Berkeley Mayor Amato, Township Hard Work, Dedication Pays off With $12 Million in Grants to Offset Local Property Taxes

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Berkeley Township– In the last eight years, Berkeley Township has earned nearly $12 million in federal, state and county grants, helping to keep the town’s municipal property tax rate the 2nd lowest in Ocean County and one of the lowest overall in the entire State of New Jersey according to NJ Advance Media.

Addressing everything from bullet proof vests and body cameras for police, road repair, DWI enforcement, recycling, Sandy recovery, tourism and the environment, Berkeley Township has received $11,807,480.77 in grants according to township records provided by Chief Financial Officer Fredrick Ebenau.

Berkeley Township Mayor Carmen Amato.

“We are extremely pleased to have won nearly $12 million dollars in grant funding for Berkeley Township and our taxpayers,” said Mayor Amato. “This did not happen by accident. This level of grant funding is due to the great work of our Township Council, employees and professionals, who have aggressively pursued every available funding source to ensure we keep the tax burden on residents as low as possible.”

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Mayor Amato said the results are clear, and that the town has never been on a more fiscally sound footing.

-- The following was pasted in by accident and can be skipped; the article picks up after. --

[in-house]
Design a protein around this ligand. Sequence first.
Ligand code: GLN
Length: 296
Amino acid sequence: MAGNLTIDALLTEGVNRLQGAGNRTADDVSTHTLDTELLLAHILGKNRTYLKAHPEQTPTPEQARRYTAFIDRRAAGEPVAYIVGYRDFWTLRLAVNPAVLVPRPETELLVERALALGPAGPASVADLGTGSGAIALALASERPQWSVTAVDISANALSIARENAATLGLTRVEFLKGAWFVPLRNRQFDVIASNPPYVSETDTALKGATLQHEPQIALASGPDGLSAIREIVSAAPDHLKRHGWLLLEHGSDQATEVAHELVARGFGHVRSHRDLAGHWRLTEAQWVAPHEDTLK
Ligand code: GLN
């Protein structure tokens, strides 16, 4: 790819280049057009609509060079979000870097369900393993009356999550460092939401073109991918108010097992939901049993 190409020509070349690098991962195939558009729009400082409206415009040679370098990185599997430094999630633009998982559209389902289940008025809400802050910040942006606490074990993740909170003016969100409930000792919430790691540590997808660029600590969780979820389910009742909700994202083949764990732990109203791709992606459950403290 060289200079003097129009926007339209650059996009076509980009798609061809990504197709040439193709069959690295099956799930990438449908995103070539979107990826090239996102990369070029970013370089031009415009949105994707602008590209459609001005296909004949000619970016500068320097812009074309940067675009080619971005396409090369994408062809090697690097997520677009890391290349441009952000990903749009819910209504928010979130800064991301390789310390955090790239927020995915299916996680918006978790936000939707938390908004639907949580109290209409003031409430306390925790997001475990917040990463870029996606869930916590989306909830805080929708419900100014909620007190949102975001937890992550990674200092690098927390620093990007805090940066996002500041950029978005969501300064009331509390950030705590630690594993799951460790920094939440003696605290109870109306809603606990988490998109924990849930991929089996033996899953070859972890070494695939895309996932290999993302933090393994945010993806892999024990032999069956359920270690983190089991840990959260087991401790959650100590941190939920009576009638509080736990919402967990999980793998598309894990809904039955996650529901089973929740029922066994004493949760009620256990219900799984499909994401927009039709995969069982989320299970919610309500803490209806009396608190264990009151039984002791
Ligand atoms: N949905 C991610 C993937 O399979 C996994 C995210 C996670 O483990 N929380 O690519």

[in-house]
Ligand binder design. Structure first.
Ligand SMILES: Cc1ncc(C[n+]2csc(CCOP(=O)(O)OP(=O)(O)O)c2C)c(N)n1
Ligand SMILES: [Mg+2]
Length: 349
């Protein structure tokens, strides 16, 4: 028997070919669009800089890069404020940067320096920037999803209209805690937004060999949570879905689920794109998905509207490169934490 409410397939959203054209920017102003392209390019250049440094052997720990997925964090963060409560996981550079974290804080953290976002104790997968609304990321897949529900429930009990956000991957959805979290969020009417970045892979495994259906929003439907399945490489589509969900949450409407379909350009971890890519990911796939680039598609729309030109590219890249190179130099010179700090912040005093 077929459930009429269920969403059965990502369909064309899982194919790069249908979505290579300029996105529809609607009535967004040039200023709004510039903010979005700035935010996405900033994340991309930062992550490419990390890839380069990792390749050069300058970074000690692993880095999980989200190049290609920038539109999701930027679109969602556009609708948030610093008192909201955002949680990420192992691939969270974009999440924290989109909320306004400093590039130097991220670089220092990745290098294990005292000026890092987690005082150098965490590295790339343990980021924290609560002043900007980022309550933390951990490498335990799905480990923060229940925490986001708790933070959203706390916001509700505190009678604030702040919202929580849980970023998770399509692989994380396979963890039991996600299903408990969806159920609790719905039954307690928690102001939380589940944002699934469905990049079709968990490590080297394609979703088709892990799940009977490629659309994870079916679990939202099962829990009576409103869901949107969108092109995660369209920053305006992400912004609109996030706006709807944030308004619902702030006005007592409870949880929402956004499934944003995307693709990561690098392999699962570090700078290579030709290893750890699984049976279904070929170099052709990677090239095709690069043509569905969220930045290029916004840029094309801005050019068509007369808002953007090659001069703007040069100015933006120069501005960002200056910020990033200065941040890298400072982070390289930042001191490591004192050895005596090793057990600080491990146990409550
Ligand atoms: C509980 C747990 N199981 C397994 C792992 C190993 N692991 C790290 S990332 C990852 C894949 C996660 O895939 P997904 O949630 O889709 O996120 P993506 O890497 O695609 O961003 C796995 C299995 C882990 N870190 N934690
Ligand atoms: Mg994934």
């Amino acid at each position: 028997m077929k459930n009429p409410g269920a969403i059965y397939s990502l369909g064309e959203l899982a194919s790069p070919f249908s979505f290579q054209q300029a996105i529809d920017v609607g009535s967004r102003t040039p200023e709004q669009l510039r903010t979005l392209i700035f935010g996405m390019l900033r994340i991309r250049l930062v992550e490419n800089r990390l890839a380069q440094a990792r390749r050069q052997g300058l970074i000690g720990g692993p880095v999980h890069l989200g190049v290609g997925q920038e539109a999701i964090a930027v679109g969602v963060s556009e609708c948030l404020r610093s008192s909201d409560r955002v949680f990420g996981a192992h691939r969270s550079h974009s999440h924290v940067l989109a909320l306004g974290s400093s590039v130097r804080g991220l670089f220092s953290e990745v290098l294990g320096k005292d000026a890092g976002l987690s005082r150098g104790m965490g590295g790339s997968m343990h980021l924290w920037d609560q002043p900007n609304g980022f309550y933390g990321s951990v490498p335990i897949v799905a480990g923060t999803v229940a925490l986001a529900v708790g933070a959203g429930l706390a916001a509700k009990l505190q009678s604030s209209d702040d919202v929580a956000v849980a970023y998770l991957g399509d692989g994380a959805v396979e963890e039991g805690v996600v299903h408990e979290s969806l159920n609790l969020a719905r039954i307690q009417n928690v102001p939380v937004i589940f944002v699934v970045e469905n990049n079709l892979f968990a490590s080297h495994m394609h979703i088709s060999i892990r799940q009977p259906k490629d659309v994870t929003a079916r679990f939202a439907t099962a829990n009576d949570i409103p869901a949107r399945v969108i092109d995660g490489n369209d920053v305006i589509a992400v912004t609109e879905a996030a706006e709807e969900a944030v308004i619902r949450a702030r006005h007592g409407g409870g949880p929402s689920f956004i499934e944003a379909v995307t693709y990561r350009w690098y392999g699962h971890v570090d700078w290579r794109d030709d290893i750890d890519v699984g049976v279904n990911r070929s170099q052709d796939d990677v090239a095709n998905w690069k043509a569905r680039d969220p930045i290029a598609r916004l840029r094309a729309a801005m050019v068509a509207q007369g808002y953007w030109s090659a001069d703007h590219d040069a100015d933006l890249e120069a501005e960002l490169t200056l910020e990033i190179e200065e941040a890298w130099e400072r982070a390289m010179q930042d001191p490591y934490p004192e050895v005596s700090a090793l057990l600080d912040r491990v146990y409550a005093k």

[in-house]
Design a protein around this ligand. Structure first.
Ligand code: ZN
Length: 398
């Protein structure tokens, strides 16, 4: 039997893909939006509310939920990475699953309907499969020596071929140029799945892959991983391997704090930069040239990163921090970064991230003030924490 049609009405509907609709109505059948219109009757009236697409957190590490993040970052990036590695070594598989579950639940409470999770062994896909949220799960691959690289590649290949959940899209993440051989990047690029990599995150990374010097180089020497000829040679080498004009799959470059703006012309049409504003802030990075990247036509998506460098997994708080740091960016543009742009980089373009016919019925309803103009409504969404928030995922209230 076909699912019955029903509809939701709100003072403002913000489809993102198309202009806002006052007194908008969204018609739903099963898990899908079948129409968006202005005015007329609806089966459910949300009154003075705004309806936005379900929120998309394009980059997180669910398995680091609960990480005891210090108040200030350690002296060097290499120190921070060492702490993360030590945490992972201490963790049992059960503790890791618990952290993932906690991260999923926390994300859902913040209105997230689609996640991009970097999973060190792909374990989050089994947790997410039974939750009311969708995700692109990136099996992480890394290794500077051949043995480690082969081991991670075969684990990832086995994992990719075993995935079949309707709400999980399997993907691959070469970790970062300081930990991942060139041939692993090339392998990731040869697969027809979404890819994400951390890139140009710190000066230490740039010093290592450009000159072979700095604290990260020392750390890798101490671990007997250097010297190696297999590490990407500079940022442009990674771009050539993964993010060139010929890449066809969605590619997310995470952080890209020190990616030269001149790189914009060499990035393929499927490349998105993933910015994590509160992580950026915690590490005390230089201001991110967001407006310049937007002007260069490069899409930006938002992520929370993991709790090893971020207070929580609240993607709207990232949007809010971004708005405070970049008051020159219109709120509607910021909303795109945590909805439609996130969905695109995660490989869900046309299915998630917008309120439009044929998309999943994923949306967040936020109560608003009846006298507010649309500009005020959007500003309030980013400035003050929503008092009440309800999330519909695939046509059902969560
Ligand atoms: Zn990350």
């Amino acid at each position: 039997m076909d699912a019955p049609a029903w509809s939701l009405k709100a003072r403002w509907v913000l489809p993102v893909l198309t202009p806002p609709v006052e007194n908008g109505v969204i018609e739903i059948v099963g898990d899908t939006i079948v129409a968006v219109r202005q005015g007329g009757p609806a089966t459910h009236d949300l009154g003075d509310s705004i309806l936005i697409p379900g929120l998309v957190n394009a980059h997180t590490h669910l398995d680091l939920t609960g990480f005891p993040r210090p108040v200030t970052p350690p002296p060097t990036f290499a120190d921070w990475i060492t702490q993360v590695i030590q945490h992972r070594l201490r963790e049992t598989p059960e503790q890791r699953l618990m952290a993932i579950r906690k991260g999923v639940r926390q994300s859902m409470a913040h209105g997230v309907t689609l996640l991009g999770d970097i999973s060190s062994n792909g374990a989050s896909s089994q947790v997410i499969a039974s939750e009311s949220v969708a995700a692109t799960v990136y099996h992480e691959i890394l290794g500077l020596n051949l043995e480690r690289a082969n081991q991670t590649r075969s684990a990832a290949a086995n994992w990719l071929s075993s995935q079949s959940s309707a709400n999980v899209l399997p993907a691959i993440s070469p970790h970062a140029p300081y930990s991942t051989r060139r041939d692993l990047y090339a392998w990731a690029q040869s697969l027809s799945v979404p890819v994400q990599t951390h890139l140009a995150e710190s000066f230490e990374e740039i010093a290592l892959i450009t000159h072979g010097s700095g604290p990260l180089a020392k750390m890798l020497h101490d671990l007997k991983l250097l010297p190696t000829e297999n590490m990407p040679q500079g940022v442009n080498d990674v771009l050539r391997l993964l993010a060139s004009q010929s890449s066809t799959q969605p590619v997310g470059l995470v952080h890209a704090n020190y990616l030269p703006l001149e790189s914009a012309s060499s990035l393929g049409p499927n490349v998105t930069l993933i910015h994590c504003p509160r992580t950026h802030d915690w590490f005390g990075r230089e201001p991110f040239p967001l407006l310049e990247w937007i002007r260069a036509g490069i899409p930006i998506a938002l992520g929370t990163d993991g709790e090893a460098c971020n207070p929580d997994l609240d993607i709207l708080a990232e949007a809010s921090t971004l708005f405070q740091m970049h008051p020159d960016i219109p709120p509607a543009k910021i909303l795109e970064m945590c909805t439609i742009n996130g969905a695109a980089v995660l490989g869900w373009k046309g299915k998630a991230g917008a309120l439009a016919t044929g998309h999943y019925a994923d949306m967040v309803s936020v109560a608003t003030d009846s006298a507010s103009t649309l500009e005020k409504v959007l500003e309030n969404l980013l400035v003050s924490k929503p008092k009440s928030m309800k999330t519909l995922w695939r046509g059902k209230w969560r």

“We held the line on municipal taxes again this year and our bond ratings increased from “A+” to an “AA-” – with Standard & Poor’s citing our strong budgetary performance, flexibility and very strong liquidity.” Mayor Amato Said. “If the Democrats in charge of Trenton ran the state like Mayor Amato runs Berkeley Township, New Jersey wouldn’t be enduring some of the highest taxes in the country and the nation’s worst out-migration rates.”

Mayor Amato added that this year’s Township Budget was over $5 million under the state-mandated budget tax levy cap and more than $3.1 million below the spending levy cap.

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The township has received no increase in funding from the state since 2011.

“Towns and School Districts are punished by Trenton for being fiscally responsible, That’s why New Jersey is in such difficult shape. The Trenton politicians routinely punish success and reward failure when it comes to a town’s finances,” Amato said.

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